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Viraj, this word in Sanskrit language, indicates sovereignty, excellence or splendour. Viraj is the mythical primeval being associated with creation who is often personified as the secondary creator and who can be either male or female.[1]

Viraj is born from Purusha and Purusha in turn is born from Viraj. In the Atharvaveda, Viraj is female and identified with a cow or with Prana, the life-breath. In the Mahabharata Viraj is the name of the primeval being, Purusha, identified with Vishnu and Shiva. Manu Smriti 1.32 states that Brahma divided his body into two, one male and the other female, from the female was born Viraj who produced Svayambhuva Manu who created the ten Prajapatis. According to the Bhavishya Purana- the male was Manu and the female was Shatarupa, creation commenced with the union of Viraj and Shatrupa. In the Vedanta, Viraj is identified with supreme intellect. Viraj is also the name of a metre.[2]

Viraj is identified by Atharvaveda – 4.11.7 with Indra, Agni, Prajapati and Parameshtin (A.V.iv.11.7); with Devata, Vishnu, Savitr, Rudra, Brahmachari, Water and the world (A.V.viii.5.10), with controlling Indra (A.V.xi.5.16), with the immortal wide spreading ruling power (A.V.vii.84.1), with first and creative principle (A.V.viii.9.7), with the universe (A.V.viii.10.11), as father of Brahman (A.V.viii.9.7), with speech, the earth, the atmosphere, death (A.V.ix.10.24), with the udder of the frame of creation, Brahman being its mouth (A.V.x.7.19) and with Dhruva, the point of the heavens directly under the feet (A.V.xii.3.11).[3]

The following four verses of Taittiriyopanishad-bhasyavartikam methodically describe Viraj:

  • Verse 158 – God, cause of the regions of the universe etc., whose body consists of five elements, kindled by delusion “I am (this) All” thus has become Viraj.
  • Verse 159 – Earlier than this (Viraj) is Sutram, for, if this one exists, (then also) Viraj (exists). (This is so) on account of another sruti and according to the indirect evidence (of the sruti-quotation, which reads:) "Understanding".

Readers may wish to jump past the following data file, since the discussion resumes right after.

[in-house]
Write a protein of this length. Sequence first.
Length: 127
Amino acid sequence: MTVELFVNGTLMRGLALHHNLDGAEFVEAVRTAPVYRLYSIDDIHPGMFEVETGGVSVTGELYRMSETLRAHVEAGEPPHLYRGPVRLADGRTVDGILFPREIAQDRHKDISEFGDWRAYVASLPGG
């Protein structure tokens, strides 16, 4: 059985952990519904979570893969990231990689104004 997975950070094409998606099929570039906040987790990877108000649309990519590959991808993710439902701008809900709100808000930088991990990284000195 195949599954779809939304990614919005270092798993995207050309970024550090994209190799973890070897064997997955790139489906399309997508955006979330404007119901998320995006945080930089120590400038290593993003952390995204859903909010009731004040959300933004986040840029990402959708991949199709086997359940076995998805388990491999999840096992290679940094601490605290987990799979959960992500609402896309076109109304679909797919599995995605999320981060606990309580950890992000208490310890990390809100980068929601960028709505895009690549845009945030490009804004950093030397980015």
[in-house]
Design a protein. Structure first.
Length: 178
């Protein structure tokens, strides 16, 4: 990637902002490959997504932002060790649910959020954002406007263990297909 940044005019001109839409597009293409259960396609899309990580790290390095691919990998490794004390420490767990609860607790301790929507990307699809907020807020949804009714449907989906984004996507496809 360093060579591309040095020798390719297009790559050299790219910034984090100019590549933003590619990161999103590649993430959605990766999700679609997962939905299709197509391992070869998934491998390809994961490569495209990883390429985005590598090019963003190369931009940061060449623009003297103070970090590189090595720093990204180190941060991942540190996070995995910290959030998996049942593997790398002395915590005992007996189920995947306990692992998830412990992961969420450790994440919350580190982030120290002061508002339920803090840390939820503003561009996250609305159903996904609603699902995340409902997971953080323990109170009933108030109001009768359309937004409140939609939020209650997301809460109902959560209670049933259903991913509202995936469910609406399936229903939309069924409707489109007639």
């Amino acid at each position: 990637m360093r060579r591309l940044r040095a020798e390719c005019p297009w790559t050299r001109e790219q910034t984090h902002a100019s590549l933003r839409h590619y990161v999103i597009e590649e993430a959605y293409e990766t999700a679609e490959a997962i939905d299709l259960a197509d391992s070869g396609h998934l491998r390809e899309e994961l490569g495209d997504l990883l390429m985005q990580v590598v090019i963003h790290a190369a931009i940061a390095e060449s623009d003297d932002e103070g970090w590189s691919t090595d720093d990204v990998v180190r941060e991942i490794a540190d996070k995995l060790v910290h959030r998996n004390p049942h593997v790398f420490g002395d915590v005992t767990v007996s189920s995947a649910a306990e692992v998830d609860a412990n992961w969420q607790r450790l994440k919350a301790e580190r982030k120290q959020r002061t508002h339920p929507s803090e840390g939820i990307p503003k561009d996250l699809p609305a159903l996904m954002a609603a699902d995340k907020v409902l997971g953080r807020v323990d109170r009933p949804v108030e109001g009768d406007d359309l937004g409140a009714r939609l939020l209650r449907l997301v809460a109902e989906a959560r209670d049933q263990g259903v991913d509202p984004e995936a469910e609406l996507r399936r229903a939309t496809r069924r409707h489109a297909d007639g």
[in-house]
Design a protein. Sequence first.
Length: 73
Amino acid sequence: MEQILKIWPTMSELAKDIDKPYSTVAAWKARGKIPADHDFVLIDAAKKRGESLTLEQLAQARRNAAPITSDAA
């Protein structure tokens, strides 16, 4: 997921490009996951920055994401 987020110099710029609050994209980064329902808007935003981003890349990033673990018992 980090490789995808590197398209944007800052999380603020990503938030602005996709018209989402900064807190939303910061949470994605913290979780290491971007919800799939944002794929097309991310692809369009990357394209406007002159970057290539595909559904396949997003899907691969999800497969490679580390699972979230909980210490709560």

• Verse 160 – Setting aside (the words) "consisting of food", etc., Sutram is meant here on account of the expression: food, life (etc.,) and by virtue of reference to meditation.
  • Verse 161 – Sutram preceded the origin of the product because it does not differ from being (sat) no more than clay. When it has produced the product, the cause becomes the product as it were.

Viraj, as Deva, as the first-born Fire, the first embodied being (Shiva Purana V.i.8.22), is reminiscence of the Purusha (Rig Veda X.90), in elder Upanishads this name appears thrice – once in the Brihadaranyaka Upanishad passage IV.ii.3 as "the human form that is in the left eye", and twice in the Chandogya Upanishad in passages I.xiii.2 as the stobha called Vak (Vairaj Sama) and IV.iii.8 as the food and as the eater of food, Viraj is food - virad annam bhogyatvad eva (BUBh 4.2.3). Viraj is originated from Sutram (159,BUBhV p. 431,st18/9) also called Sutratman in Vedantasara, basically of feminine gender, its masculine gender is also found in Brahma Purana I.53, its coming forth is due to delusion. Viraj is said to be food, the essence of food, identical to the pinda, food and the eater of food, to be the eldest of beings as food, to pervade all products as their material cause, to be Prajapati. Viraj is said to be released by virtue of her own nature, originated from Brahman from Viraj, Purusa or Manu. In Vedantasara it is Vaisvanara and is said to be Caitanyam (intelligence) identified by Sthulasariram, Annamayakosha and Jagrad on one hand and on the other it is Hiranyagarbha or Prana, the intelligence conditioned by Suksamasariram consisting of Vijnanamayakosha, Manomayakosha and Pranomayakosha, or Svapna; it is explained this way to systematize these notions. Sutram is the three sheaths viz., breath, manas and understanding; food is its sheath and bliss is the sheath of cause which is an adjunct of Hiranyagarbha, the highest cosmic soul, and the origin of Viraj.[4]